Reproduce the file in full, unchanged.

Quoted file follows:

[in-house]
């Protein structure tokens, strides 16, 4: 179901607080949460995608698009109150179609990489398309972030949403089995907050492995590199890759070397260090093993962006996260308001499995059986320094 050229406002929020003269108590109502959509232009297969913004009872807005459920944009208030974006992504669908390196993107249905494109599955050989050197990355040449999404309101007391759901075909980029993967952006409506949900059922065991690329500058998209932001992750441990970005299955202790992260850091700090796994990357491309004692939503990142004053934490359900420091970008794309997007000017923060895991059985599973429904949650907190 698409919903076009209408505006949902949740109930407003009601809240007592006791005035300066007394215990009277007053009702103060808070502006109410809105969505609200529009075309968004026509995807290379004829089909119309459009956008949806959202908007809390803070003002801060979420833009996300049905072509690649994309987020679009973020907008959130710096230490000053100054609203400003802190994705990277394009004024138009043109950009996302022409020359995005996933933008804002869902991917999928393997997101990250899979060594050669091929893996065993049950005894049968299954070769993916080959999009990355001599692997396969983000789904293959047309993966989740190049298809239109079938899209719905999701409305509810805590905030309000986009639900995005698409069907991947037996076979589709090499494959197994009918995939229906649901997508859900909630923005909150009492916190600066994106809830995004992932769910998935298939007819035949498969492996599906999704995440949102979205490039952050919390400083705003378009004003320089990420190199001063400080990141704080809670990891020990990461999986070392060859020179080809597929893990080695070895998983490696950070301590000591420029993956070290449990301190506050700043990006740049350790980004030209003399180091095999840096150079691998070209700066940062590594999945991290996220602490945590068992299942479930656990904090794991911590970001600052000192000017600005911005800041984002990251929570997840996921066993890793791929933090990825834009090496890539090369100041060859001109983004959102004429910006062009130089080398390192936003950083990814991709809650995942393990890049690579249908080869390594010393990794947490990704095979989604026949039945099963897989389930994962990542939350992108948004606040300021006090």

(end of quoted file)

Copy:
[in-house]
């Protein structure tokens, strides 16, 4: 179901607080949460995608698009109150179609990489398309972030949403089995907050492995590199890759070397260090093993962006996260308001499995059986320094 050229406002929020003269108590109502959509232009297969913004009872807005459920944009208030974006992504669908390196993107249905494109599955050989050197990355040449999404309101007391759901075909980029993967952006409506949900059922065991690329500058998209932001992750441990970005299955202790992260850091700090796994990357491309004692939503990142004053934490359900420091970008794309997007000017923060895991059985599973429904949650907190 698409919903076009209408505006949902949740109930407003009601809240007592006791005035300066007394215990009277007053009702103060808070502006109410809105969505609200529009075309968004026509995807290379004829089909119309459009956008949806959202908007809390803070003002801060979420833009996300049905072509690649994309987020679009973020907008959130710096230490000053100054609203400003802190994705990277394009004024138009043109950009996302022409020359995005996933933008804002869902991917999928393997997101990250899979060594050669091929893996065993049950005894049968299954070769993916080959999009990355001599692997396969983000789904293959047309993966989740190049298809239109079938899209719905999701409305509810805590905030309000986009639900995005698409069907991947037996076979589709090499494959197994009918995939229906649901997508859900909630923005909150009492916190600066994106809830995004992932769910998935298939007819035949498969492996599906999704995440949102979205490039952050919390400083705003378009004003320089990420190199001063400080990141704080809670990891020990990461999986070392060859020179080809597929893990080695070895998983490696950070301590000591420029993956070290449990301190506050700043990006740049350790980004030209003399180091095999840096150079691998070209700066940062590594999945991290996220602490945590068992299942479930656990904090794991911590970001600052000192000017600005911005800041984002990251929570997840996921066993890793791929933090990825834009090496890539090369100041060859001109983004959102004429910006062009130089080398390192936003950083990814991709809650995942393990890049690579249908080869390594010393990794947490990704095979989604026949039945099963897989389930994962990542939350992108948004606040300021006090």